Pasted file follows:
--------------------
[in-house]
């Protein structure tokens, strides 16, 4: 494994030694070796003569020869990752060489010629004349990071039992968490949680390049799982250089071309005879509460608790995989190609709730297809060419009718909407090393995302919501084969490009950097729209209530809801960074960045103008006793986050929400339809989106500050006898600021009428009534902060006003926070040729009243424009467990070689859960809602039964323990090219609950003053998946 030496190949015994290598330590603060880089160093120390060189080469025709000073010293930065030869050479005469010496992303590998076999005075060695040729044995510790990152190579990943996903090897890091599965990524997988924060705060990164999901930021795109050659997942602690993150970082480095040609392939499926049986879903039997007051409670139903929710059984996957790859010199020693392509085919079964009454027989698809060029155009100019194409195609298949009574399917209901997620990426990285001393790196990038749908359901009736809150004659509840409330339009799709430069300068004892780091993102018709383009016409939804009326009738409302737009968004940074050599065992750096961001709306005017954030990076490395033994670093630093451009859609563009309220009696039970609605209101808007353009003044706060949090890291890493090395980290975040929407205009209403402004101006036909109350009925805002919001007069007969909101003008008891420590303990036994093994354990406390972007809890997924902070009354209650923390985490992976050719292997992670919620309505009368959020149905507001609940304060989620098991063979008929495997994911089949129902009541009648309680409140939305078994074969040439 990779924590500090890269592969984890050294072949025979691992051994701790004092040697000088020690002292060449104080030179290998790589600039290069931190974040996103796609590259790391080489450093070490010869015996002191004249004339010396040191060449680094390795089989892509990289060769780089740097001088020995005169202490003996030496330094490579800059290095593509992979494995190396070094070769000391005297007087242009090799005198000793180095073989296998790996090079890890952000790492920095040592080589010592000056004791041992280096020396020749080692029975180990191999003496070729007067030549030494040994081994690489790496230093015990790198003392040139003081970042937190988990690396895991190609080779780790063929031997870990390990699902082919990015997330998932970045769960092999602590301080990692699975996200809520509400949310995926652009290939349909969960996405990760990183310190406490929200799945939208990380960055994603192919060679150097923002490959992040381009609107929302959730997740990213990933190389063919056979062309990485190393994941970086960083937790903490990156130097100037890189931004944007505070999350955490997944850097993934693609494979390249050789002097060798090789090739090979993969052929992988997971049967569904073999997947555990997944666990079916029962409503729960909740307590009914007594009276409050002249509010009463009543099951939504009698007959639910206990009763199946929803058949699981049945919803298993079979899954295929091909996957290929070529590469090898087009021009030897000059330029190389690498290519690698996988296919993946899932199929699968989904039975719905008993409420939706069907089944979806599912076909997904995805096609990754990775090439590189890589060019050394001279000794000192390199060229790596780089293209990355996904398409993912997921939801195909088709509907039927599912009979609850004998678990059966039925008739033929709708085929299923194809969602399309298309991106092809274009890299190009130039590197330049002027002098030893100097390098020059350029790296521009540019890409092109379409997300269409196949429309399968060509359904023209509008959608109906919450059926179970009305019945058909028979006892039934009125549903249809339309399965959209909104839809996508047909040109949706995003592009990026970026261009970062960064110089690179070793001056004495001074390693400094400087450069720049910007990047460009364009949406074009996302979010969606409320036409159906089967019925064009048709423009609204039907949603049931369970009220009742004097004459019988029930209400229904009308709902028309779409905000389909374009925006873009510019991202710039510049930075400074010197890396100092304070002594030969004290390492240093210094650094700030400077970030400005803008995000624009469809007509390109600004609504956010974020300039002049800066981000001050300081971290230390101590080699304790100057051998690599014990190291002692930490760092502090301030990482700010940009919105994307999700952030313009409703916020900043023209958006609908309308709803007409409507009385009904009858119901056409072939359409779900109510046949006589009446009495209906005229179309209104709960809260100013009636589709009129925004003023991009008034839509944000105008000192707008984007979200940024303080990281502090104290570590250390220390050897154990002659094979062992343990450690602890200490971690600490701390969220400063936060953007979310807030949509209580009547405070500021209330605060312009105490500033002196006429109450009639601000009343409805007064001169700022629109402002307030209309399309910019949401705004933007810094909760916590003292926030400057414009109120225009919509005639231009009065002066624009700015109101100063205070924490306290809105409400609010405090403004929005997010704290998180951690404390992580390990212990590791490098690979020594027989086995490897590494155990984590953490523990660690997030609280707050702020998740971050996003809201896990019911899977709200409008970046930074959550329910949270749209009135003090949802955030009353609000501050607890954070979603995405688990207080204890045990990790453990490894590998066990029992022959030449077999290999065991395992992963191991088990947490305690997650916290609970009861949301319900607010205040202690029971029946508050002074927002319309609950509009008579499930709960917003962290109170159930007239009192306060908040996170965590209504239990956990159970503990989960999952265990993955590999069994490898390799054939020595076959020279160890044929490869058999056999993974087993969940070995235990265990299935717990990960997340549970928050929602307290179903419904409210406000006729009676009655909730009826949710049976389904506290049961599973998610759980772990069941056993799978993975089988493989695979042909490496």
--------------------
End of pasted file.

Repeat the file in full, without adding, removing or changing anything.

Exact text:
[in-house]
């Protein structure tokens, strides 16, 4: 494994030694070796003569020869990752060489010629004349990071039992968490949680390049799982250089071309005879509460608790995989190609709730297809060419009718909407090393995302919501084969490009950097729209209530809801960074960045103008006793986050929400339809989106500050006898600021009428009534902060006003926070040729009243424009467990070689859960809602039964323990090219609950003053998946 030496190949015994290598330590603060880089160093120390060189080469025709000073010293930065030869050479005469010496992303590998076999005075060695040729044995510790990152190579990943996903090897890091599965990524997988924060705060990164999901930021795109050659997942602690993150970082480095040609392939499926049986879903039997007051409670139903929710059984996957790859010199020693392509085919079964009454027989698809060029155009100019194409195609298949009574399917209901997620990426990285001393790196990038749908359901009736809150004659509840409330339009799709430069300068004892780091993102018709383009016409939804009326009738409302737009968004940074050599065992750096961001709306005017954030990076490395033994670093630093451009859609563009309220009696039970609605209101808007353009003044706060949090890291890493090395980290975040929407205009209403402004101006036909109350009925805002919001007069007969909101003008008891420590303990036994093994354990406390972007809890997924902070009354209650923390985490992976050719292997992670919620309505009368959020149905507001609940304060989620098991063979008929495997994911089949129902009541009648309680409140939305078994074969040439 990779924590500090890269592969984890050294072949025979691992051994701790004092040697000088020690002292060449104080030179290998790589600039290069931190974040996103796609590259790391080489450093070490010869015996002191004249004339010396040191060449680094390795089989892509990289060769780089740097001088020995005169202490003996030496330094490579800059290095593509992979494995190396070094070769000391005297007087242009090799005198000793180095073989296998790996090079890890952000790492920095040592080589010592000056004791041992280096020396020749080692029975180990191999003496070729007067030549030494040994081994690489790496230093015990790198003392040139003081970042937190988990690396895991190609080779780790063929031997870990390990699902082919990015997330998932970045769960092999602590301080990692699975996200809520509400949310995926652009290939349909969960996405990760990183310190406490929200799945939208990380960055994603192919060679150097923002490959992040381009609107929302959730997740990213990933190389063919056979062309990485190393994941970086960083937790903490990156130097100037890189931004944007505070999350955490997944850097993934693609494979390249050789002097060798090789090739090979993969052929992988997971049967569904073999997947555990997944666990079916029962409503729960909740307590009914007594009276409050002249509010009463009543099951939504009698007959639910206990009763199946929803058949699981049945919803298993079979899954295929091909996957290929070529590469090898087009021009030897000059330029190389690498290519690698996988296919993946899932199929699968989904039975719905008993409420939706069907089944979806599912076909997904995805096609990754990775090439590189890589060019050394001279000794000192390199060229790596780089293209990355996904398409993912997921939801195909088709509907039927599912009979609850004998678990059966039925008739033929709708085929299923194809969602399309298309991106092809274009890299190009130039590197330049002027002098030893100097390098020059350029790296521009540019890409092109379409997300269409196949429309399968060509359904023209509008959608109906919450059926179970009305019945058909028979006892039934009125549903249809339309399965959209909104839809996508047909040109949706995003592009990026970026261009970062960064110089690179070793001056004495001074390693400094400087450069720049910007990047460009364009949406074009996302979010969606409320036409159906089967019925064009048709423009609204039907949603049931369970009220009742004097004459019988029930209400229904009308709902028309779409905000389909374009925006873009510019991202710039510049930075400074010197890396100092304070002594030969004290390492240093210094650094700030400077970030400005803008995000624009469809007509390109600004609504956010974020300039002049800066981000001050300081971290230390101590080699304790100057051998690599014990190291002692930490760092502090301030990482700010940009919105994307999700952030313009409703916020900043023209958006609908309308709803007409409507009385009904009858119901056409072939359409779900109510046949006589009446009495209906005229179309209104709960809260100013009636589709009129925004003023991009008034839509944000105008000192707008984007979200940024303080990281502090104290570590250390220390050897154990002659094979062992343990450690602890200490971690600490701390969220400063936060953007979310807030949509209580009547405070500021209330605060312009105490500033002196006429109450009639601000009343409805007064001169700022629109402002307030209309399309910019949401705004933007810094909760916590003292926030400057414009109120225009919509005639231009009065002066624009700015109101100063205070924490306290809105409400609010405090403004929005997010704290998180951690404390992580390990212990590791490098690979020594027989086995490897590494155990984590953490523990660690997030609280707050702020998740971050996003809201896990019911899977709200409008970046930074959550329910949270749209009135003090949802955030009353609000501050607890954070979603995405688990207080204890045990990790453990490894590998066990029992022959030449077999290999065991395992992963191991088990947490305690997650916290609970009861949301319900607010205040202690029971029946508050002074927002319309609950509009008579499930709960917003962290109170159930007239009192306060908040996170965590209504239990956990159970503990989960999952265990993955590999069994490898390799054939020595076959020279160890044929490869058999056999993974087993969940070995235990265990299935717990990960997340549970928050929602307290179903419904409210406000006729009676009655909730009826949710049976389904506290049961599973998610759980772990069941056993799978993975089988493989695979042909490496």